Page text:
But, Tony felt that a round-up like that was too great an opportunity to be lost. He called in a dozen of his most reliable gunmen and for an hour drilled them in the details of a plan which would be the most daring gangland gesture the city had yet seen.

The evening papers—always more sensational than those published in the morning—made a great fuss over the afternoon attack, giving it huge headlines and a great deal of space. And some of the information was of the afternoon attack, giving it huge headlines and a great deal of space. And some of the information was of great interest to Tony. The police, in the search of the hotel following the attack, had found in a third- floor room fronting the street a Thompson machine gun, an empty automatic and a dead man with half a dozen bullets in him. And the dead man later had been identified as Stave Libati.

"The dirty—!" breathed Tony venomously. "Turned traitor, did he? And some of the boys got him. Either that or his own partner shot him in the back, afraid that he might turn him up later. Well, anyway, he sure had it coming to him."

Tony studied over the various angles of the occurrence for some time. The identification of one of the assailants as his former lieutenant brought in a new element. There was a chance, of course, that Steve had carried out the attack as a matter of personal vengeance. But it wasn't likely. He didn't have that much brains. No, the affair had been planned out by the crafty Schemer Bruno, who had used the ready Libati as a cat's paw. The chances were that Steve, upon being fired by Tony, had joined the North Side outfit, being admitted because of the valuable information he could furnish Bruno and because of his avowed hatred of Tony.

The morning papers, while showing a trifle more reserve about the whole matter, carried the news that the most thorough dragnet of years had been sent through the North Side during the night, with the result that a large portion of the notorious North Side gang—including the wily Schemer himself—had been rounded up and were now reposing in cells, from which they would be removed for court appearances that morning on various charges.

At nine-thirty, Tony loaded his dozen carefully selected gunmen into two big sedans and set forth on the little expedition he had planned the day before. When slightly less than a block away from the police court where Tony knew the North Side mob would be arraigned, he ordered the cars parked—but with their engines kept running for an instant getaway—and instructed his men to spread out along the street. He watched them take their stations then smiled coldly with pleased anticipation. When Schemer Bruno and his men came out—as they were sure to do—they would get a terrific surprise. And of course, just coming from court, they would be unarmed. It looked as though this morning would put a terrible dent in the North Side mob.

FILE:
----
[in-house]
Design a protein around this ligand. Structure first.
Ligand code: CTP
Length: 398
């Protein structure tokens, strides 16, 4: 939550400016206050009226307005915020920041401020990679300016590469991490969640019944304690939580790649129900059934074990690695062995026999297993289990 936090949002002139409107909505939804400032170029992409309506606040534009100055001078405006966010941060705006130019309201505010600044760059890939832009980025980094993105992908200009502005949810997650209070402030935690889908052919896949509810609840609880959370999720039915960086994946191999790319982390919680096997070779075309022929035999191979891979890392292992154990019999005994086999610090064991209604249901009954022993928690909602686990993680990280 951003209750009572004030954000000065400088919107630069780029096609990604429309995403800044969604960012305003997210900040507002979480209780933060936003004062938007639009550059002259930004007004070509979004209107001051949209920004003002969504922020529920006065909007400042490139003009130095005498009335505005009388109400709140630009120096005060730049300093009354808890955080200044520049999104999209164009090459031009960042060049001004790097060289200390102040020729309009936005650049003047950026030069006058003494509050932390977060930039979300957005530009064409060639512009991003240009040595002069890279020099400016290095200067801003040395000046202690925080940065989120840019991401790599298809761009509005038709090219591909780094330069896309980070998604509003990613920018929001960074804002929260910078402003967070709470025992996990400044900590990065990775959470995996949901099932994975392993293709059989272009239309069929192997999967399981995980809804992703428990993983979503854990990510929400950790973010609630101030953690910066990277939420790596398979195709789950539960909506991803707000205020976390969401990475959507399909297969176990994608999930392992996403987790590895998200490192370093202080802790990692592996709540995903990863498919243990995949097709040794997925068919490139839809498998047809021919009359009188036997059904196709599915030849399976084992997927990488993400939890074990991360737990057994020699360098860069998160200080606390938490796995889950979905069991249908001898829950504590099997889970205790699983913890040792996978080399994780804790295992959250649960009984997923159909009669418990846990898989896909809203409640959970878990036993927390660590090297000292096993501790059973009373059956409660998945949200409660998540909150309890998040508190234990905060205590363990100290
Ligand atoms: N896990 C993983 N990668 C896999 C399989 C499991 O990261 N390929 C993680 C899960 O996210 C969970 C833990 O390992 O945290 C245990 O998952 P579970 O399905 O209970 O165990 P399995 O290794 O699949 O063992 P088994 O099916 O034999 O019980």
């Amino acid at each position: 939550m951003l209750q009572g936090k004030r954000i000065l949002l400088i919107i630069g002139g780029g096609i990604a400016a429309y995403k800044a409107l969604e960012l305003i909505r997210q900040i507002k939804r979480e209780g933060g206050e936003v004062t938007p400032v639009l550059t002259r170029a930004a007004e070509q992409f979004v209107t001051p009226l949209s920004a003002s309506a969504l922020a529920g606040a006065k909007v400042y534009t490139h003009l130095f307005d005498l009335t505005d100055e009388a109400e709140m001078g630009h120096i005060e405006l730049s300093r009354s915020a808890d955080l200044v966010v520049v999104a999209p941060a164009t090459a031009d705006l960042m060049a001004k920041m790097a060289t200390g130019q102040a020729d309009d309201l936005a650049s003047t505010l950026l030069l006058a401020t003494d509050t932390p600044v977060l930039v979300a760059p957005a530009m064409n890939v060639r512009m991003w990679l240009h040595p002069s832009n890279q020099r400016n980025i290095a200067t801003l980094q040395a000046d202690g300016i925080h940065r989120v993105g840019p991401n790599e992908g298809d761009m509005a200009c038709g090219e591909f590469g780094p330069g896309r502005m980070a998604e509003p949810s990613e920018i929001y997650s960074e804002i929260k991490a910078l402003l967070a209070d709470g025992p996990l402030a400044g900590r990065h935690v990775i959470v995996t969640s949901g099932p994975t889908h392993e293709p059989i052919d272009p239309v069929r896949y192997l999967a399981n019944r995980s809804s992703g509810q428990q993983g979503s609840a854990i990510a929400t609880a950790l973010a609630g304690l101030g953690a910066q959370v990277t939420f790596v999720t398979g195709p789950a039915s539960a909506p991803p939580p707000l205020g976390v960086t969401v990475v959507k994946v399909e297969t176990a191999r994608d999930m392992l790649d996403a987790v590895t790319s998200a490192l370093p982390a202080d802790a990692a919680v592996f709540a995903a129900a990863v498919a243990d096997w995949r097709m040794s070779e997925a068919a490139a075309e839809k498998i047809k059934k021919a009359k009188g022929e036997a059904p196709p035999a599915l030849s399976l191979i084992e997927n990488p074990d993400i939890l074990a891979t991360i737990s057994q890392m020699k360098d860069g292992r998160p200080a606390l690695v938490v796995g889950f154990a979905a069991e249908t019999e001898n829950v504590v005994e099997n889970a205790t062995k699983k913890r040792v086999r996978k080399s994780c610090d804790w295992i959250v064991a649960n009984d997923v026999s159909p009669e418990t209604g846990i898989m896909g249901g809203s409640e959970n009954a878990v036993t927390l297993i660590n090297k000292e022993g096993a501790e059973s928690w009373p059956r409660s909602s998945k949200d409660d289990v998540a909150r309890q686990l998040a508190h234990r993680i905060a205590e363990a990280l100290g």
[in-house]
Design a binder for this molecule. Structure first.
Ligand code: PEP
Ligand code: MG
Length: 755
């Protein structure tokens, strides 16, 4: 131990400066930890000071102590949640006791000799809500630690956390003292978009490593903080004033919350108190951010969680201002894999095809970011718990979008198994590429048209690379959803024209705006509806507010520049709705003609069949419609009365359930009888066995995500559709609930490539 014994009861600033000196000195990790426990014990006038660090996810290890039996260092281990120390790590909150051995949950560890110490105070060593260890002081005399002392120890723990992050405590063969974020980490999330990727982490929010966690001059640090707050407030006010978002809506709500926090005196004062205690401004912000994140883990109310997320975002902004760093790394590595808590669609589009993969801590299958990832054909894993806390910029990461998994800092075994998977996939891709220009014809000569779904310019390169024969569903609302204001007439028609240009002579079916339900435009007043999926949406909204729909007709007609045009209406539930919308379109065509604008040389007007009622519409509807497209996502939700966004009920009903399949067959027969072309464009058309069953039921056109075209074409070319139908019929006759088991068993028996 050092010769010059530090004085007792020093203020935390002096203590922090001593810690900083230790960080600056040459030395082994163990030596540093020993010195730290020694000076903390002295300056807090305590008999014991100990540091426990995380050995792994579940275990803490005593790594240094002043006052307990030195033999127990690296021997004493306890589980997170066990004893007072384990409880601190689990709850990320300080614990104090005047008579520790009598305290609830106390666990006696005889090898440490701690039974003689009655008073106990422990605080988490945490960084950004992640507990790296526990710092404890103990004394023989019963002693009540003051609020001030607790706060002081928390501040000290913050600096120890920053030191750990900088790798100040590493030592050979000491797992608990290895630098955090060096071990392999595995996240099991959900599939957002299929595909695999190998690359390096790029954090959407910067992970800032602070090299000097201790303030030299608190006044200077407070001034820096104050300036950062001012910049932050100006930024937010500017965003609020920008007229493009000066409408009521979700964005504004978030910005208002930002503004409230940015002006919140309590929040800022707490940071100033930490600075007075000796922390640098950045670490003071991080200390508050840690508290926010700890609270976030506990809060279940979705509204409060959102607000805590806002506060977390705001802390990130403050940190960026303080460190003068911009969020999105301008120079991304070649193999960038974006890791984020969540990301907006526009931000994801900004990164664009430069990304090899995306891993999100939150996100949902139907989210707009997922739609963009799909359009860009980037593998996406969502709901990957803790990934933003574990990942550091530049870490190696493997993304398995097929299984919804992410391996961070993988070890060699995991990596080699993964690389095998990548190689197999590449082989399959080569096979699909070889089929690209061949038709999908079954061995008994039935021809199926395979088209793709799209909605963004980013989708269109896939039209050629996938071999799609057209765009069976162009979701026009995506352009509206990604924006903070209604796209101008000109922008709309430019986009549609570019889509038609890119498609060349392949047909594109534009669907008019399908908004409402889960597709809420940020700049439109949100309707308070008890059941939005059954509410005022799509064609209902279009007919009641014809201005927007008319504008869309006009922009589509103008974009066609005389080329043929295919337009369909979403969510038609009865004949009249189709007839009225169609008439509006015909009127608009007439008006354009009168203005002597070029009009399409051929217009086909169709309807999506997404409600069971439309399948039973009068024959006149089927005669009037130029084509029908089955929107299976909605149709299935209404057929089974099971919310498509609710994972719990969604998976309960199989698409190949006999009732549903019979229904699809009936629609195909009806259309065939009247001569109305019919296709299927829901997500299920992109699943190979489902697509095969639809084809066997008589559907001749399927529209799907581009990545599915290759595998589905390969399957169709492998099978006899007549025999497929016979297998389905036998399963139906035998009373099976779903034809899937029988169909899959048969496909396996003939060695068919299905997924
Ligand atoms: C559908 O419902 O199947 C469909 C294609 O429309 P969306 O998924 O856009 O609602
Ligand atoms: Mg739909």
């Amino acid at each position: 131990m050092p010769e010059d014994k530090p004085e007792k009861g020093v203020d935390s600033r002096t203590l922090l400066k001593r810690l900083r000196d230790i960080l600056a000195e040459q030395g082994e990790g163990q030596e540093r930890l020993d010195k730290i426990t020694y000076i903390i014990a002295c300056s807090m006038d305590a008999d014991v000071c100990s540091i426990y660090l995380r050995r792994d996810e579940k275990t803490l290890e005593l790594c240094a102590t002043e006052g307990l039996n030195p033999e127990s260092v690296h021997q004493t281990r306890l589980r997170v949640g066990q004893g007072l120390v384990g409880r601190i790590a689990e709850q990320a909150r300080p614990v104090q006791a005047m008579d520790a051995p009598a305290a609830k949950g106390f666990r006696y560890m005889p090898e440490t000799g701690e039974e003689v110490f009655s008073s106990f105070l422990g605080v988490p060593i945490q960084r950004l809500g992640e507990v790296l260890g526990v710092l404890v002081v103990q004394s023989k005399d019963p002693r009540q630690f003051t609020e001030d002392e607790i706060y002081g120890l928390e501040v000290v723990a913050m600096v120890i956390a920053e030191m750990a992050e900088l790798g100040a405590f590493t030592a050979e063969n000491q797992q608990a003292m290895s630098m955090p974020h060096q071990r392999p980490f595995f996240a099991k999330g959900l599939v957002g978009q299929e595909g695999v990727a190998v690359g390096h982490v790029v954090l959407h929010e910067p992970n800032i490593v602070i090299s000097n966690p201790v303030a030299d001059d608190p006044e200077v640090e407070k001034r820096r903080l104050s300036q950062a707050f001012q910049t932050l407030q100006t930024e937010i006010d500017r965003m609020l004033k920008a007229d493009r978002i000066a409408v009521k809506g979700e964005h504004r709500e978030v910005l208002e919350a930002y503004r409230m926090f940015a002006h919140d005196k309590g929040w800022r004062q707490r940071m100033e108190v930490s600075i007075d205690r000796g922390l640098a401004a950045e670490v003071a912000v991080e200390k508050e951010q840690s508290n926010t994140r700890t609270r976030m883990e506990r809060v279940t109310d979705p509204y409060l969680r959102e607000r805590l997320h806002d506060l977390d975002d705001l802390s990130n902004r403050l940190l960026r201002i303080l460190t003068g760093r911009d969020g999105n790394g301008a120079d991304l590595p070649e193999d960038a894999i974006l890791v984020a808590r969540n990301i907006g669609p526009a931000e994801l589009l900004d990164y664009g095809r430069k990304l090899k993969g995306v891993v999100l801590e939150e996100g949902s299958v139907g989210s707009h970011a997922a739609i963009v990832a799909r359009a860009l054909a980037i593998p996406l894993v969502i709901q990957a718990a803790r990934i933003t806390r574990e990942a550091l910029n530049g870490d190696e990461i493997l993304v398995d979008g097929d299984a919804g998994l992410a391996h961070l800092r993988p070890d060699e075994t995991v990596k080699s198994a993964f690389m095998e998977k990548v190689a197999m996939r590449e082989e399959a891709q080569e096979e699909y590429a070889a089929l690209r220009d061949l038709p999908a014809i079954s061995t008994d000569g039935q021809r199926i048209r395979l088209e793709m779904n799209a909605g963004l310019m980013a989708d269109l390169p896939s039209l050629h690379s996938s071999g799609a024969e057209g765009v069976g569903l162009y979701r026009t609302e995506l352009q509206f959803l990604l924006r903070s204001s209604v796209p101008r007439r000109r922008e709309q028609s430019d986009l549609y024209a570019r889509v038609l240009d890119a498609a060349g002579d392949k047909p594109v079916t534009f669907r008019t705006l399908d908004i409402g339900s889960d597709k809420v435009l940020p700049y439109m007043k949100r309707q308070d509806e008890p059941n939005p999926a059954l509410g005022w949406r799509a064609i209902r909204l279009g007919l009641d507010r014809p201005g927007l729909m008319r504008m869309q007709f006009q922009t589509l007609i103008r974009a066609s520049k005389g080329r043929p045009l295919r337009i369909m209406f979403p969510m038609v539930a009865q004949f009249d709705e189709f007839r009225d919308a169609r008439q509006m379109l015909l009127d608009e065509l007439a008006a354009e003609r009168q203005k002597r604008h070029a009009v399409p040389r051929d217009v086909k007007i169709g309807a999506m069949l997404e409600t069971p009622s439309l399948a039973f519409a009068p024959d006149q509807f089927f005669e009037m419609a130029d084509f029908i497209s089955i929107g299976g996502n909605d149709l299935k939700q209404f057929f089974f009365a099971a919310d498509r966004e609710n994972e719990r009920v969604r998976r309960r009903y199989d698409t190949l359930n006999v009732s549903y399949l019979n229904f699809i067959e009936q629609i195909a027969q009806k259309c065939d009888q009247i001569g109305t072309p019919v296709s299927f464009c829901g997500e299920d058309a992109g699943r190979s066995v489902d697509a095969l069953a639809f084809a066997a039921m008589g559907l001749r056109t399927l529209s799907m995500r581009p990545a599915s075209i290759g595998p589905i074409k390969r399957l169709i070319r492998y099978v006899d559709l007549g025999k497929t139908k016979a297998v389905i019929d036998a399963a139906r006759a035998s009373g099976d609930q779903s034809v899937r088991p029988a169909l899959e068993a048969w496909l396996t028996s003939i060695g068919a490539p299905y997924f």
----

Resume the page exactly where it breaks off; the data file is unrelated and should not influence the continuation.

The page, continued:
Suddenly the double doors of the police station—the court was above a station—swung open and a stream of detectives and uniformed officers streamed out and bore down on Tony's men.

"Hell!" gritted Tony, who had remained sitting beside the chauffeur in one of the cars. "The cops have seen 'em. Step on it!"

The big car roared into life and swerved around the corner, but not before two shots had rung out in the street and two bullets had thudded against the rear of the machine.

"Stop!" commanded Tony, and the car ground to a halt. Close as they were to the station, they were out of sight of it. "Gimme your gat!"

The chauffeur quickly handed over his revolver and Tony calmly dropped it down a convenient open sewer. He tossed his own heavy automatic after it then removed his small vest-pocket automatic from its customary position and shoved it down inside of one sock. When two detectives came puffing around the corner with ready revolvers—as he knew they would—he was standing calmly beside the car.

"Did you want to talk to me?" he demanded with a frown.

"I'll say so," panted one. "It's lucky Lieutenant Grady looked out the window and recognized some of them gorillas of yours hangin' around outside, or we'd a had a whole streetful o' murders on our hands."

"Lieutenant Grady, was it?" queried Tony pleasantly. "I'll have to remember that."

"I don't care what you remember. Just come along quietly, both o' you mugs."

"Got a warrant?"

"Naw, 'course not."

"What's the charge?"

"Carryin' concealed weapons."

"But I'm not carrying concealed weapons."

"Naw?" exclaimed the burly detective incredulously. "Humph! Tryin' to stall, eh? Keep the rod on 'em, Jim, while I frisk 'em."

Quickly and thoroughly he searched Tony, but of course he did not extend it below the knees. Obviously puzzled, he hauled the chauffeur out of the car and searched him—without result. With evident bewilderment he surveyed these two men on whom he knew he should find guns. Then an idea occurred to him, as it sometimes does to an unusually bright police detective.